His identity in a way is now confirmed by his taking the bread and the fish and giving it to them to eat. He broke bread, he celebrated a Eucharist with them.

We have here then some central pillars of our faith:

- recognising Christ in the kindly stranger and playing that role ourselves;

- expressing our love and solidarity with each other through our celebration of the Eucharist and breaking bread together;

- working with the power of Jesus to fill the net that is the Kingdom, becoming truly fishers of people.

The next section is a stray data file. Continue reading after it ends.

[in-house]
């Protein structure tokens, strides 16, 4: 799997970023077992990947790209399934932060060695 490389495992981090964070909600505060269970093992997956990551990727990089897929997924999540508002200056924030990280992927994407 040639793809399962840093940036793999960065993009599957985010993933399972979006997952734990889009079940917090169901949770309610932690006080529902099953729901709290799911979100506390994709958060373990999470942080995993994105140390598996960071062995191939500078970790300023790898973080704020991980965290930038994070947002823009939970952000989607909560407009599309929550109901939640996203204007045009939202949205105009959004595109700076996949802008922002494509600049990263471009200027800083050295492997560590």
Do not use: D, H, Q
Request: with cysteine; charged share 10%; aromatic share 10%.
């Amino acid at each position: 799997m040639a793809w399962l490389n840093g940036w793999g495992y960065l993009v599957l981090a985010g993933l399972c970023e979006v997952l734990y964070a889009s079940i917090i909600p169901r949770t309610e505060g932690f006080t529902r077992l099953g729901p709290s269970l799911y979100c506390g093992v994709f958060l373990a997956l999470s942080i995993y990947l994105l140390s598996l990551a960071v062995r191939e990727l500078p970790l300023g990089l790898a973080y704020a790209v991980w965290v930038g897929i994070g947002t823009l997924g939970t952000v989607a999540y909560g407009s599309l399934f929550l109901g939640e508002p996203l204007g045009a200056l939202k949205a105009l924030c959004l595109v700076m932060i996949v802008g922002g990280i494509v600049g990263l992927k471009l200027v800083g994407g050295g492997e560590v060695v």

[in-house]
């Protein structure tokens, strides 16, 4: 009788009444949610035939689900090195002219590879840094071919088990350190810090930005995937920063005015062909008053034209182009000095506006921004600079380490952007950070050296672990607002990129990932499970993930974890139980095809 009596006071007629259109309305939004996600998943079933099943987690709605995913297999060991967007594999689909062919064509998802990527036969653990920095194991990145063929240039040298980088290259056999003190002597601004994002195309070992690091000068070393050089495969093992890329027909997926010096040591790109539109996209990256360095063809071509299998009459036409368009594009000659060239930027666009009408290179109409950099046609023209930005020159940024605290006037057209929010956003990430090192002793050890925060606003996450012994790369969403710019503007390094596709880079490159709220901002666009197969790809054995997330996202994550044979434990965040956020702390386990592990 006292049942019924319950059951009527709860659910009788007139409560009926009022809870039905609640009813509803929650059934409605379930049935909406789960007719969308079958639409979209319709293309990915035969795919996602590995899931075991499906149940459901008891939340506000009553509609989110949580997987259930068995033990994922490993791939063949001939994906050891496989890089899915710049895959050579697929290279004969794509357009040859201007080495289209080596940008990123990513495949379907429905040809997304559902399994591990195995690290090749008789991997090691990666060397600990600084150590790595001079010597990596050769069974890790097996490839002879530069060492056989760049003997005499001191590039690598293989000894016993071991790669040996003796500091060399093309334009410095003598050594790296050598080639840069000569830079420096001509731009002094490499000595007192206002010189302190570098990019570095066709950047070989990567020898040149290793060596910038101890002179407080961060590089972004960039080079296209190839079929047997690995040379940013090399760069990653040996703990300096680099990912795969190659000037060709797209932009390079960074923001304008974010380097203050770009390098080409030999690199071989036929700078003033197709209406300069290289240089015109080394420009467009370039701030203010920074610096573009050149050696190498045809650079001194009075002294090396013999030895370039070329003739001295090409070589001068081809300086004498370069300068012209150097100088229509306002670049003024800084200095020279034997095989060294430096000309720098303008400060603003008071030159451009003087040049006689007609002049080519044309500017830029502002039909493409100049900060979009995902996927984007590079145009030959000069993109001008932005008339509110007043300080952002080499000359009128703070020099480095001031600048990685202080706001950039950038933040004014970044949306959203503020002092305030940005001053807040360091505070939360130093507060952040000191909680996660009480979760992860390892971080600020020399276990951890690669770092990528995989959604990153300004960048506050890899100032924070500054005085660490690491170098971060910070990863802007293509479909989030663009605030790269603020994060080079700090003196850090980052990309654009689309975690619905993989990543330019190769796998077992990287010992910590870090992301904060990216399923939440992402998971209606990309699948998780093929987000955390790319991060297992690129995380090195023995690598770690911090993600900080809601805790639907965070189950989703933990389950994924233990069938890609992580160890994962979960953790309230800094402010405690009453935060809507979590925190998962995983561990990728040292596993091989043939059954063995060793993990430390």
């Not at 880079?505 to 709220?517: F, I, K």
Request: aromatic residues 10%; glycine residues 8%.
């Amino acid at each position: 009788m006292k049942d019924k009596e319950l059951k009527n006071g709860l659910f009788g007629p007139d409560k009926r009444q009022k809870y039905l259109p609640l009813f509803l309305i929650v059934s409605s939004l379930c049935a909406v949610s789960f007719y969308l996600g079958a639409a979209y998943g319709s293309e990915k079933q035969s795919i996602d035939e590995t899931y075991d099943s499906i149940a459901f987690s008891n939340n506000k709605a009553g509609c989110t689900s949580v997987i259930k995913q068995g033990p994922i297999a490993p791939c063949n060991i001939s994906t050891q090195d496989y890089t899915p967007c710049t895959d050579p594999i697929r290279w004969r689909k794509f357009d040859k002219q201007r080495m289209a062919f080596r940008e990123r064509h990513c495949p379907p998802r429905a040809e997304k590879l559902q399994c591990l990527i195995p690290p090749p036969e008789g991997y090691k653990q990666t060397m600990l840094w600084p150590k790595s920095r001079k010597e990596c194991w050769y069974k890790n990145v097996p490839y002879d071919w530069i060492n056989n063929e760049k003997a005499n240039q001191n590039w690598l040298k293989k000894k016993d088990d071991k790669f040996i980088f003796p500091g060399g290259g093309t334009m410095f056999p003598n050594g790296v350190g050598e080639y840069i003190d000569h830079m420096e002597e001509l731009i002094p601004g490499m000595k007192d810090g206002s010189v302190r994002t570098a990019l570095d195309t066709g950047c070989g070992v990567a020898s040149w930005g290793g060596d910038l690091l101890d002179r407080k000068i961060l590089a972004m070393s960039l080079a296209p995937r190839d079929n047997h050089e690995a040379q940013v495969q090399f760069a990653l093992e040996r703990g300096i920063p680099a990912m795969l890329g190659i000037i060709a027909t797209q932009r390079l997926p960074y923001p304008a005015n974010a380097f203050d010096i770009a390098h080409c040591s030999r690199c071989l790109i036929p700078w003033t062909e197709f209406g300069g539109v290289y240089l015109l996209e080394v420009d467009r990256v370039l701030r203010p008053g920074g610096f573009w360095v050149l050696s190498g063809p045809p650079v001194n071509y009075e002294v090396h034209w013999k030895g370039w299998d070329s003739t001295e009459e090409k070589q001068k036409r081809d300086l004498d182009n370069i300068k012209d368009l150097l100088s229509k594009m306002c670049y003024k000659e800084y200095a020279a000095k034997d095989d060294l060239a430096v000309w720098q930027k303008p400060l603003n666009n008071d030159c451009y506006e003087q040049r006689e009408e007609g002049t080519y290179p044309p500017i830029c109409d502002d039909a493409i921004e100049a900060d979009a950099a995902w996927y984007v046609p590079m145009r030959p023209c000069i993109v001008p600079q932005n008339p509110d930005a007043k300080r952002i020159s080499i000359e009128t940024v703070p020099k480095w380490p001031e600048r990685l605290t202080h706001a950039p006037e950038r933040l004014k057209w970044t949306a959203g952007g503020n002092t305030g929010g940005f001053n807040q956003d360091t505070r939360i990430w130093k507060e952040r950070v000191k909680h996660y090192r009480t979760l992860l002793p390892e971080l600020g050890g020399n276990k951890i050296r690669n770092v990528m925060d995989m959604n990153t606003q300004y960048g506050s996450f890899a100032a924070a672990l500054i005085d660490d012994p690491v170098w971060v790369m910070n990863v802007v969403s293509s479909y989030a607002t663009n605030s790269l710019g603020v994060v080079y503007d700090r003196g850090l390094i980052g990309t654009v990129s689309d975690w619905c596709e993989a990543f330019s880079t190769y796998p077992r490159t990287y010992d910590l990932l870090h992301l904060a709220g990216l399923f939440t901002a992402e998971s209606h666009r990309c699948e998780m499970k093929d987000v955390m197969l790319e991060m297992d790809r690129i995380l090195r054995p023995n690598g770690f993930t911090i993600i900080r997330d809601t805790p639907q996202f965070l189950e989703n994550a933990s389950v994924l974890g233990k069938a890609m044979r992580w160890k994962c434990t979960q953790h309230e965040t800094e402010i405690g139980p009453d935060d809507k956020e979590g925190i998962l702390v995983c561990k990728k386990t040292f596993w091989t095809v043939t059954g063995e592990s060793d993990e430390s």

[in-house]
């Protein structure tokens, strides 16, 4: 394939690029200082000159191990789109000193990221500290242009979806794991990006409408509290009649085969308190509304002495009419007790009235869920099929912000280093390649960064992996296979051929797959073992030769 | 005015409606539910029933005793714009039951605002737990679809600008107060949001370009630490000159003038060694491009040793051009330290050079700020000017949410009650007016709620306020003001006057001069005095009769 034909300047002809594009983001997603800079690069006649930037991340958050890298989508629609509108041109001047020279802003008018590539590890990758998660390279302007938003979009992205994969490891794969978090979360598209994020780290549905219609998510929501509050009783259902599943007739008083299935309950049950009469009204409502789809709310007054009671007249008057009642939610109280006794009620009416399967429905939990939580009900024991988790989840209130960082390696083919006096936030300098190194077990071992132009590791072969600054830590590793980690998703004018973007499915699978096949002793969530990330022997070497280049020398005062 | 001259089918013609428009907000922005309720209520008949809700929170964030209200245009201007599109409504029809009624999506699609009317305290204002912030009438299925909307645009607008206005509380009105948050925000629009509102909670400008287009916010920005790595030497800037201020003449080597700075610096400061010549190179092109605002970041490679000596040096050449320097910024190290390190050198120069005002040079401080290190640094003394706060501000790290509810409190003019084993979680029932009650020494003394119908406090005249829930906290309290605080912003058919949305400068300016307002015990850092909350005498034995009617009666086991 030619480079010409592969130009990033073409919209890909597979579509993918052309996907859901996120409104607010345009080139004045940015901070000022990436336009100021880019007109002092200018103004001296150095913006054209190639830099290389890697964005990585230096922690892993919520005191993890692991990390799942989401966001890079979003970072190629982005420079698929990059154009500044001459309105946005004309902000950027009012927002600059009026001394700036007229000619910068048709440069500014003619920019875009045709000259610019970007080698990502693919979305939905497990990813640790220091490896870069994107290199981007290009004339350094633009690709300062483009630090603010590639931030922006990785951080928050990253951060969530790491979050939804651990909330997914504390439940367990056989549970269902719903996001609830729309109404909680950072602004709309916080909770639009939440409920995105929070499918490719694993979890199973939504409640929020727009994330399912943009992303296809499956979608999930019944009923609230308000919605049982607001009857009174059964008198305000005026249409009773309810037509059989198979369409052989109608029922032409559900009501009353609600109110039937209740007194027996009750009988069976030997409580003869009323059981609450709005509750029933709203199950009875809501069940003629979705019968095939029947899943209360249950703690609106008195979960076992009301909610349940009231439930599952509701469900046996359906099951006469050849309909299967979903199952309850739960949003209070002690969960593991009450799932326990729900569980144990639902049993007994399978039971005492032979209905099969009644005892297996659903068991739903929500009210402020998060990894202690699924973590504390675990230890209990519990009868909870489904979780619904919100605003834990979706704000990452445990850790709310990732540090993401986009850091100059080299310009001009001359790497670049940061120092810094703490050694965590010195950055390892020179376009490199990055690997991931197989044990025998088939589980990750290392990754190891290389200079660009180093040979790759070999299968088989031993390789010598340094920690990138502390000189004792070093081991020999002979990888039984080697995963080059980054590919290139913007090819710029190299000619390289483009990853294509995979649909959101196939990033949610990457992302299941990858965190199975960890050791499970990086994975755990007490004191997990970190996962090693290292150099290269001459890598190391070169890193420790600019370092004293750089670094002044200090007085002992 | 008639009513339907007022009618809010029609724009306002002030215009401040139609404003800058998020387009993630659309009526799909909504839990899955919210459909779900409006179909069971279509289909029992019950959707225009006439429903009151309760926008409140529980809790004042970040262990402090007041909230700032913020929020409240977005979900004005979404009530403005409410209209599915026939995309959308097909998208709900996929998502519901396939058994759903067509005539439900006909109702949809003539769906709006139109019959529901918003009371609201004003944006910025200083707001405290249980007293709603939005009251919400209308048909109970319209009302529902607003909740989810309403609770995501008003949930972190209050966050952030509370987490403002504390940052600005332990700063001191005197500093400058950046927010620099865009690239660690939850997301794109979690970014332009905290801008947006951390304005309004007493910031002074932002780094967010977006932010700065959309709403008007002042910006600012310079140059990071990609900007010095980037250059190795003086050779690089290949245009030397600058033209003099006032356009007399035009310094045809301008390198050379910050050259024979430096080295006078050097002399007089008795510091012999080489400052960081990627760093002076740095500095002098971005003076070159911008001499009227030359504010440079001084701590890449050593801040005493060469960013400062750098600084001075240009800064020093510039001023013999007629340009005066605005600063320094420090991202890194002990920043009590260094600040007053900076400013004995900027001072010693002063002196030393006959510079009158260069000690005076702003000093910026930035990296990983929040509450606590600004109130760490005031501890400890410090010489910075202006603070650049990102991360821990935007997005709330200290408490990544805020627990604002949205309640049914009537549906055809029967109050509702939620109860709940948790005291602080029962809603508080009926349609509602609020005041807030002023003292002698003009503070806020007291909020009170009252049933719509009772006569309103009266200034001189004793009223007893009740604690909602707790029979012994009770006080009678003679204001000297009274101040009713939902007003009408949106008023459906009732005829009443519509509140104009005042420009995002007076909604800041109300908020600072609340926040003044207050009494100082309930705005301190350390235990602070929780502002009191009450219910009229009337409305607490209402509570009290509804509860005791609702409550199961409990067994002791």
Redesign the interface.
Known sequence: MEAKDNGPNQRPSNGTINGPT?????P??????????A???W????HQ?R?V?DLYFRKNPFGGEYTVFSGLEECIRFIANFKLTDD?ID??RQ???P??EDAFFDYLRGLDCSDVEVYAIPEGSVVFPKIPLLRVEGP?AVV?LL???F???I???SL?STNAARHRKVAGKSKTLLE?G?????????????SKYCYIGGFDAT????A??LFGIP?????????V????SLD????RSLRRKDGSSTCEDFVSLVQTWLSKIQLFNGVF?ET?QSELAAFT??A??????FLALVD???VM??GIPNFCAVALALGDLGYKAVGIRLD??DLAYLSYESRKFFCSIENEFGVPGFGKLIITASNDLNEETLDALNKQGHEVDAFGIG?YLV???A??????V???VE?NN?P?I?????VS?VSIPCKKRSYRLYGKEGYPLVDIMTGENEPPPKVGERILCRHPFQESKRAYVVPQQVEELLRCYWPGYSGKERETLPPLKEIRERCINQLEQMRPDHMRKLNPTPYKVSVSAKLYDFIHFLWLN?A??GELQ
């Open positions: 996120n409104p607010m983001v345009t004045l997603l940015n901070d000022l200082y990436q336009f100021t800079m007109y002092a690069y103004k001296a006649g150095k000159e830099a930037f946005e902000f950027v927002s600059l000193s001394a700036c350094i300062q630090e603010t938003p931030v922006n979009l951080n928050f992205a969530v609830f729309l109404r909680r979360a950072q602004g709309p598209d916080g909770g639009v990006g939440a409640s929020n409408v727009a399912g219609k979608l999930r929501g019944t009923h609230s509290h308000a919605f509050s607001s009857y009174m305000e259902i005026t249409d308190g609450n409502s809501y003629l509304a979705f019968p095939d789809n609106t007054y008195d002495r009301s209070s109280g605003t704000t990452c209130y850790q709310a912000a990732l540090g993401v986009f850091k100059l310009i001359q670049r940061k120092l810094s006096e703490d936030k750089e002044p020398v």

‘Not wearing any clothes’, that is, naked. Some of our translations use all kinds of euphemisms (e.g. ‘lightly clad’ New American Bible) to express this. Does it shock us that the first pope could go around like this? Male nakedness was much more acceptable in Peter’s society. A redeemed people should have no problem with an unclothed body. It was only after their sin that Adam and Eve became ashamed of their nakedness. Jesus reversed that by dying naked on the cross. We need to remember, too, that Peter is still under a cloud after denying his Master three times. Nakedness is only for the innocent. So, the moment he hears the person on the shore is his Lord, shame and guilt make him cover himself. It is possible that all the others were naked also but had no reason to cover themselves. Very soon, however, there will be a reconciliation between Jesus and Peter.